The most obvious way of structuring your community is by creating various groups. They can almost be seen as smaller communities within a bigger community.
Groups can be a very powerful tool to build a community when done correctly. Be careful because having lots of small groups with very few members and activity can make your entire community look inactive.
If you’re worried that too many groups might fragment the community, as a site manager, you can disable the group creation function for regular users. Besides, you can also disable the creation of certain type of groups (public group, open group or closed group). This way you will have complete control over the community structure.
However, when you manage groups well they can provide great added value to your community and help you ease your workload by keeping it active. This is because you will basically end up dividing your community into smaller groups with multiple (volunteer) groups and/ or community members. Just be sure you don’t divide your community into groups too soon.
Groups can have a variety of purposes:
Local groups where users can ‘meet’ other users who live nearby
Groups related to a specific project or event
Groups related to an urgent matter
And so on….
Before inviting users: set-up a default group structure
If you don't want your users to start creating groups without a good strategy, then you need to define a group structure for them. Try to think of what kind of groups would be most interesting for the community. And if you have an existing community, find the right person who can manage it for you.
Set up these groups before inviting the users and welcome new users by explaining the group structure. Explain which groups are open to join and which ones might be interesting for them. Optionally, you can also point them to interesting groups that are closed and explain to them how they can get invited.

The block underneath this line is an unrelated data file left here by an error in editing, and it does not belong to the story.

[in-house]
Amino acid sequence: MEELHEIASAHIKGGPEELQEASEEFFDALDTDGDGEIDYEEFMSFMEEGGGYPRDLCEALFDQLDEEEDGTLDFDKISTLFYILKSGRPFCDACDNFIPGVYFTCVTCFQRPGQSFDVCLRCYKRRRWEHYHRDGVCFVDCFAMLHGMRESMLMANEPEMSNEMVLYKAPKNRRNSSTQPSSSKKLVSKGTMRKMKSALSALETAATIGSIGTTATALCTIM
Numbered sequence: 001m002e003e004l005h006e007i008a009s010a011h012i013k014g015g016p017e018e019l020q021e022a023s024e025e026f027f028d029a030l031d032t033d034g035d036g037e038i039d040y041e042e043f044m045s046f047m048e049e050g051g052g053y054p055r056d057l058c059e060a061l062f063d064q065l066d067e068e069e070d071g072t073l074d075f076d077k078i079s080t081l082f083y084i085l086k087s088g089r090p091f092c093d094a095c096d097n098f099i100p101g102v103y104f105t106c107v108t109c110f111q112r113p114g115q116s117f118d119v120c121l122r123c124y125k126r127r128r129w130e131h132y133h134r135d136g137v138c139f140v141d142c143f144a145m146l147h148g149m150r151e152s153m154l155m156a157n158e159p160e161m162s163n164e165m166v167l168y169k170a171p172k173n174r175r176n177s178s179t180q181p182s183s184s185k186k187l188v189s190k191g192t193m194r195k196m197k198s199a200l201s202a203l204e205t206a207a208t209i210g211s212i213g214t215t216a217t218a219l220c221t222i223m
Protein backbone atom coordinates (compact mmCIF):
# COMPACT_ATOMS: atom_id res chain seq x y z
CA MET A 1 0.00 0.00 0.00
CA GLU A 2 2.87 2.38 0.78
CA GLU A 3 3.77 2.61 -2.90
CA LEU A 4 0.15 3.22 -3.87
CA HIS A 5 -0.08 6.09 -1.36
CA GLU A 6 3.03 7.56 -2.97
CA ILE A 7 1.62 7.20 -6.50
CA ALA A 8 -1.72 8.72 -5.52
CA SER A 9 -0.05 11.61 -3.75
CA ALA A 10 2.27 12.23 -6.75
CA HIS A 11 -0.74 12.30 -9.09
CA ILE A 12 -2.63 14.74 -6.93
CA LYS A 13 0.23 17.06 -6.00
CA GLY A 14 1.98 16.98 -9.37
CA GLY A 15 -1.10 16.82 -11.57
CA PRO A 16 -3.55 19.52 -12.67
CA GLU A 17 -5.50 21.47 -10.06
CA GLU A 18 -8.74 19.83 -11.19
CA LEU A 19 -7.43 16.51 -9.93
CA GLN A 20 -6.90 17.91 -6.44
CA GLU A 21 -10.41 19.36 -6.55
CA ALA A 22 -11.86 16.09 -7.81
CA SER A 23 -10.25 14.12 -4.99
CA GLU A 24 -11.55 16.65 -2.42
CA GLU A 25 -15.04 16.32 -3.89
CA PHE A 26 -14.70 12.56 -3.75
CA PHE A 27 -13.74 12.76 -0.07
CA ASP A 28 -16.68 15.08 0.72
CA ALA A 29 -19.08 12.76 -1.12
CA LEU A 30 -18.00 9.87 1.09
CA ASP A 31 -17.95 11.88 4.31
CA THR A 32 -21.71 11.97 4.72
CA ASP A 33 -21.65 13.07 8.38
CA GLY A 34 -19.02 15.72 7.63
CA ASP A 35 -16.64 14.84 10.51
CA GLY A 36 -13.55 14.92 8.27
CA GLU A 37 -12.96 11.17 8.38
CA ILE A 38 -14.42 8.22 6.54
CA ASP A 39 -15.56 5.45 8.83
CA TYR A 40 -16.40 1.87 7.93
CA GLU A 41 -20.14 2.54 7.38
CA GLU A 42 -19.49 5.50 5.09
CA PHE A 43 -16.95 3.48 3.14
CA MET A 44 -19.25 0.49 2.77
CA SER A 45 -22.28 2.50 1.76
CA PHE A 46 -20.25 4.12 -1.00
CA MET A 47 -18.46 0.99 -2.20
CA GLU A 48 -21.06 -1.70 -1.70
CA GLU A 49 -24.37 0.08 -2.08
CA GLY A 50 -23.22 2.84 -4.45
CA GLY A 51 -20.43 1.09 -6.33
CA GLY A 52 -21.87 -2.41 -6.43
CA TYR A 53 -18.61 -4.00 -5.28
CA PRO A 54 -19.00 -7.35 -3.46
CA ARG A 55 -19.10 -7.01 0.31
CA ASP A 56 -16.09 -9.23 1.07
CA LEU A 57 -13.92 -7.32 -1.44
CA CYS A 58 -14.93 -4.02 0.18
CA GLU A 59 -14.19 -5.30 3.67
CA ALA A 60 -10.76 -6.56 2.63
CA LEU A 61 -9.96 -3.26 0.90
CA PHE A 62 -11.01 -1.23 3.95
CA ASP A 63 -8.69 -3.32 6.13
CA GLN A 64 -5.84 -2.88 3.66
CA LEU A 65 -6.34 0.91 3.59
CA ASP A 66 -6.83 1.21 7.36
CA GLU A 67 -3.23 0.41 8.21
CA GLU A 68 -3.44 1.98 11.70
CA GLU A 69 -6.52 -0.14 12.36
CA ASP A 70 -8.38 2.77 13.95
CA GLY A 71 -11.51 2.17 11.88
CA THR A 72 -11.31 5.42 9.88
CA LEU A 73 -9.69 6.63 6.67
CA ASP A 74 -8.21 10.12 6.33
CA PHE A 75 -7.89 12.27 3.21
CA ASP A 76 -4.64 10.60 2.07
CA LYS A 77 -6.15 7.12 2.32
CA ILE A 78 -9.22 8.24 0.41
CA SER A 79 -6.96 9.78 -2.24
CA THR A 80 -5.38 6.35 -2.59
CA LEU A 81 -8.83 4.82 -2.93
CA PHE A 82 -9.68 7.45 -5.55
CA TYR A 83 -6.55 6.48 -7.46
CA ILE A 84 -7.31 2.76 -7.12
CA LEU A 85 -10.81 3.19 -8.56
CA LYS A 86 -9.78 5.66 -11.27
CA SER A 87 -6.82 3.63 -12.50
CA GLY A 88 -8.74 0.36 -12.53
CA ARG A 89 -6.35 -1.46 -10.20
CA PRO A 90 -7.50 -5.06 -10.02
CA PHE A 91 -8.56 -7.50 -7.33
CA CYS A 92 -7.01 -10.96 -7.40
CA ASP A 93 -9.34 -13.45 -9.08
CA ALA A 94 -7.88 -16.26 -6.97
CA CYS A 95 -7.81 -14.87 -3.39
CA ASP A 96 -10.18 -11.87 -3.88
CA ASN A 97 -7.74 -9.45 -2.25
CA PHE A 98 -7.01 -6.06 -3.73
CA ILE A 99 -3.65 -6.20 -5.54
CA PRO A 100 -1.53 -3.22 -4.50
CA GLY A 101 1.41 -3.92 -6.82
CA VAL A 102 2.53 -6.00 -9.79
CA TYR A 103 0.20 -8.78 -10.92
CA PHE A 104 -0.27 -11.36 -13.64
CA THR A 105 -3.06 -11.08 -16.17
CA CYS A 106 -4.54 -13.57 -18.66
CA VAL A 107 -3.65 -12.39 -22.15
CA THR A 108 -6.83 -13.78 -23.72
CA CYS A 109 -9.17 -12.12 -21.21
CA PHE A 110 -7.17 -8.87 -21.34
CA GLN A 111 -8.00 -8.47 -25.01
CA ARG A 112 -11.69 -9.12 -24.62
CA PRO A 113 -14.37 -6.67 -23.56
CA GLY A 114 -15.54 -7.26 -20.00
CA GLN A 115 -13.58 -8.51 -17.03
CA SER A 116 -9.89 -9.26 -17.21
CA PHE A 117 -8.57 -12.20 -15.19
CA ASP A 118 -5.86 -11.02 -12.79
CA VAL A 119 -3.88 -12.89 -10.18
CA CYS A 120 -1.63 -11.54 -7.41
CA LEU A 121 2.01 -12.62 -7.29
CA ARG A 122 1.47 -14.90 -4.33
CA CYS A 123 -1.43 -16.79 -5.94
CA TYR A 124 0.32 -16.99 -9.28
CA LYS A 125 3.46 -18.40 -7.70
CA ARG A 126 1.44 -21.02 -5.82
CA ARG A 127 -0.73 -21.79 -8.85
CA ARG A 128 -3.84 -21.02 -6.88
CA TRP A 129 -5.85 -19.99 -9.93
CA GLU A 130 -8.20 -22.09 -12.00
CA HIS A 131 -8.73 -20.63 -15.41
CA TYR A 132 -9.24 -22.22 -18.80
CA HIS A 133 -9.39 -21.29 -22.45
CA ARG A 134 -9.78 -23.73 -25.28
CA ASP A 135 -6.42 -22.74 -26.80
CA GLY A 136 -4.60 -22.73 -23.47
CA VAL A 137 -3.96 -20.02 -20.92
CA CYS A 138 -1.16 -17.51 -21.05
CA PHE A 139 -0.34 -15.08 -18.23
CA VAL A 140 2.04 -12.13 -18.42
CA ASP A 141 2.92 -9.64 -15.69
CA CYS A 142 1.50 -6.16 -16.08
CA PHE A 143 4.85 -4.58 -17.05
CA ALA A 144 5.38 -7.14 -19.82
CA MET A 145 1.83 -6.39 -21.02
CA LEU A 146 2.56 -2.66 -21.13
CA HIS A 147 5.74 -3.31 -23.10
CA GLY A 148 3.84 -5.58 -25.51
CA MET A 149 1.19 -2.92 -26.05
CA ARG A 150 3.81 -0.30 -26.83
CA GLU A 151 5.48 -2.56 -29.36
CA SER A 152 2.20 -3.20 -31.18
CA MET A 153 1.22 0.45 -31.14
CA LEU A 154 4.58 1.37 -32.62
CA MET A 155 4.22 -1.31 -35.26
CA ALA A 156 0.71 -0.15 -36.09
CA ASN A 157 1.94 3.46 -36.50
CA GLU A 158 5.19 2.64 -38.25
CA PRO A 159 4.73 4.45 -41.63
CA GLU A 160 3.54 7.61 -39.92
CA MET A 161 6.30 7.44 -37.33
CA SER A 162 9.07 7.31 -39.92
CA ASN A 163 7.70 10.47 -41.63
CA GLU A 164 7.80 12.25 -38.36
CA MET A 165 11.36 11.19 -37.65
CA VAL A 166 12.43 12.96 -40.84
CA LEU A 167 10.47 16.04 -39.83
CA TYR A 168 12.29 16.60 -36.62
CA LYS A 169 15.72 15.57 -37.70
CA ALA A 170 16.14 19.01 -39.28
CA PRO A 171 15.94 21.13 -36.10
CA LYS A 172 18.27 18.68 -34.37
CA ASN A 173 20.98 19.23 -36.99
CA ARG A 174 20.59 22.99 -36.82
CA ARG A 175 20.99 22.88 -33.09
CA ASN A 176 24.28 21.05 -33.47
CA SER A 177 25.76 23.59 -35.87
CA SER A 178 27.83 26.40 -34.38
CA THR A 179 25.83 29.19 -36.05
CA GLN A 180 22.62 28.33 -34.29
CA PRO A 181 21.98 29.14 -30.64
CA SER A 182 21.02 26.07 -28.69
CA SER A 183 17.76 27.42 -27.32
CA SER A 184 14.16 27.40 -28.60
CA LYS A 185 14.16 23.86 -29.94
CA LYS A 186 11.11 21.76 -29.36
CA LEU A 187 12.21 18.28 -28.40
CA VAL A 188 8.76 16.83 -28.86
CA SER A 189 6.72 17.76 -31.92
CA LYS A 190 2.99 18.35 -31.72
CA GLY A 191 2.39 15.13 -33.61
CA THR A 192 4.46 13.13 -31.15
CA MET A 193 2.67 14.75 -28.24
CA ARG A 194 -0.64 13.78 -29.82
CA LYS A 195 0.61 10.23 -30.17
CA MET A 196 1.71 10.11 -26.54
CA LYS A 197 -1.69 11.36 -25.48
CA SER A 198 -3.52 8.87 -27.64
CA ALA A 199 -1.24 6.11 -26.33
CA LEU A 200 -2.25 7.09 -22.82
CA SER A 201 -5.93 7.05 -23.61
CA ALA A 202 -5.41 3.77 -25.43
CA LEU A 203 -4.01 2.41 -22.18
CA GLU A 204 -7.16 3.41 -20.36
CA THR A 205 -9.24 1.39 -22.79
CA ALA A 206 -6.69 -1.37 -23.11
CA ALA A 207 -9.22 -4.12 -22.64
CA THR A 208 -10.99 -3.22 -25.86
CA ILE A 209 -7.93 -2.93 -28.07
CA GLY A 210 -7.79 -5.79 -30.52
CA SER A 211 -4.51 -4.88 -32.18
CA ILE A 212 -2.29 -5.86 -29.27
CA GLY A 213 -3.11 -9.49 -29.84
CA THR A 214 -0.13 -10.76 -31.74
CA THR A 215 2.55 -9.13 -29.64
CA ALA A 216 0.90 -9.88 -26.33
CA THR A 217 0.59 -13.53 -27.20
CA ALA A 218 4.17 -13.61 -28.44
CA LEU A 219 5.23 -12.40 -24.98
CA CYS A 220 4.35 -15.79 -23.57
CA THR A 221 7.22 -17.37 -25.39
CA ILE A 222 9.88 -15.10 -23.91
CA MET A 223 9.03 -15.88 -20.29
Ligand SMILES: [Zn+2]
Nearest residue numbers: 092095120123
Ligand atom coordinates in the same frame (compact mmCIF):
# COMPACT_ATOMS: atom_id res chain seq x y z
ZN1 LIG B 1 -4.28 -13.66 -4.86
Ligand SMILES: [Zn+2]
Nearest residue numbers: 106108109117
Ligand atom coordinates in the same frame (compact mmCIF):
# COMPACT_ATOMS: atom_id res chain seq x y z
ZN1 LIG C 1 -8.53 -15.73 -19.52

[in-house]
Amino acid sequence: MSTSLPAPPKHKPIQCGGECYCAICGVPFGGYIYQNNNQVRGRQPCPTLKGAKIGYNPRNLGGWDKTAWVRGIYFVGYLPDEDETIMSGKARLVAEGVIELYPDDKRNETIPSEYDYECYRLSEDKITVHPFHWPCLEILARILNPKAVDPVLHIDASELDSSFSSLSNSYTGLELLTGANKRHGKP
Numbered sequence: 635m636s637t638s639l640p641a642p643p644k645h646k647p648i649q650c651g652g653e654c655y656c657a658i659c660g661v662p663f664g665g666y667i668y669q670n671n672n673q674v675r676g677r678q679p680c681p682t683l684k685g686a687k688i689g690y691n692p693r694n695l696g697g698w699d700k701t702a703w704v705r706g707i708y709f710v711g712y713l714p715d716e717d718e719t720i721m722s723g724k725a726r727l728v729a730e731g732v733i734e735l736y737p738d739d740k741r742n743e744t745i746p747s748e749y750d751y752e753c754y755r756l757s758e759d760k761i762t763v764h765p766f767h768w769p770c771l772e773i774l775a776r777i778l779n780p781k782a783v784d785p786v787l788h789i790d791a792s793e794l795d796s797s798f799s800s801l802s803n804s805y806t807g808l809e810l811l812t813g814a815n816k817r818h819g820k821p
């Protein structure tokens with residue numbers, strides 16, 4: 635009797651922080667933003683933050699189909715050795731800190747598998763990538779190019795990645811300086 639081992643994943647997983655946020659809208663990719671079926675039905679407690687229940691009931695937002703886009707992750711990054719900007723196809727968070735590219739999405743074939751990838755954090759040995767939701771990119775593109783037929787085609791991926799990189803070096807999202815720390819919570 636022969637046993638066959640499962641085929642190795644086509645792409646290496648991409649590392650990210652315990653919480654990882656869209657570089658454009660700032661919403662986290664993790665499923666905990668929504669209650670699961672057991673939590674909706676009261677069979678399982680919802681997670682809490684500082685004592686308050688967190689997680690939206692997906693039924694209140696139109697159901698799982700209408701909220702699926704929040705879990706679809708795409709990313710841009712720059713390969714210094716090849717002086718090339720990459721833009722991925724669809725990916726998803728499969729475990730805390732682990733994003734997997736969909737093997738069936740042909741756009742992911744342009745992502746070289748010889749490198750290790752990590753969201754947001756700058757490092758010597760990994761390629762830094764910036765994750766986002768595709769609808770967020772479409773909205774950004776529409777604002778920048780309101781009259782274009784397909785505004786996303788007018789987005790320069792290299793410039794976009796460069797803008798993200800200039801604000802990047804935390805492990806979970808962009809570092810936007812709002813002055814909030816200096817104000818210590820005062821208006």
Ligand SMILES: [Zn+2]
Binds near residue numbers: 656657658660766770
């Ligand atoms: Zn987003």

Define your group creation 'workflow'
After explaining the main structure, you can (and must) still encourage users to create groups if they think it would suit their needs.
Depending on the type of community, you could set up one of these workflows for group creation:
- Strict: your members should contact a community manager when they want to create a group. Let them briefly explain what the goal is and how they are thinking of managing it.
- Medium: everyone can create a group but community managers will contact the group managers privately to discuss their task/responsibilities. Also, you need to explain that inactive groups will be closed.
- Open: everyone can create a group and community managers will run through the list of inactive groups and take action on them once every X months.
- An effective way to manage your community once it starts splitting off into groups is by creating a group for all the group managers. This is so they can ask questions and share ideas about how to maintain an active group.
- Encourage users to start with a discussion topic, to see if the need for a group grows within the discussion topic.